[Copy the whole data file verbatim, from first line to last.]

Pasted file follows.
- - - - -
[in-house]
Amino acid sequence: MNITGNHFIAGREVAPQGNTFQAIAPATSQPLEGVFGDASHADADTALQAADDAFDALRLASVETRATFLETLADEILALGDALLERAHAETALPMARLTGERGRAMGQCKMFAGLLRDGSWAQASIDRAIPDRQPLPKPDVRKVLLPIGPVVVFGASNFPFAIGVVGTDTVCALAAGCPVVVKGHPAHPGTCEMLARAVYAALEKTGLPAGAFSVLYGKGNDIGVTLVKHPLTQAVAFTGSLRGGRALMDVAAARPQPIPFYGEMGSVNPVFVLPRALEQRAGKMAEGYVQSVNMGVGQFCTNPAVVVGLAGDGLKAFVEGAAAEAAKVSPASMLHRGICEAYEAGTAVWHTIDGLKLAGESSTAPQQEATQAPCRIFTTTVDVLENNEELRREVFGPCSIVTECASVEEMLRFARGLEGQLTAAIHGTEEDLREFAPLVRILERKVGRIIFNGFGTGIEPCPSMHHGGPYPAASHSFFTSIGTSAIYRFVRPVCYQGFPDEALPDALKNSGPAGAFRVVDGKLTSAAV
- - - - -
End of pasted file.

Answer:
[in-house]
Amino acid sequence: MNITGNHFIAGREVAPQGNTFQAIAPATSQPLEGVFGDASHADADTALQAADDAFDALRLASVETRATFLETLADEILALGDALLERAHAETALPMARLTGERGRAMGQCKMFAGLLRDGSWAQASIDRAIPDRQPLPKPDVRKVLLPIGPVVVFGASNFPFAIGVVGTDTVCALAAGCPVVVKGHPAHPGTCEMLARAVYAALEKTGLPAGAFSVLYGKGNDIGVTLVKHPLTQAVAFTGSLRGGRALMDVAAARPQPIPFYGEMGSVNPVFVLPRALEQRAGKMAEGYVQSVNMGVGQFCTNPAVVVGLAGDGLKAFVEGAAAEAAKVSPASMLHRGICEAYEAGTAVWHTIDGLKLAGESSTAPQQEATQAPCRIFTTTVDVLENNEELRREVFGPCSIVTECASVEEMLRFARGLEGQLTAAIHGTEEDLREFAPLVRILERKVGRIIFNGFGTGIEPCPSMHHGGPYPAASHSFFTSIGTSAIYRFVRPVCYQGFPDEALPDALKNSGPAGAFRVVDGKLTSAAV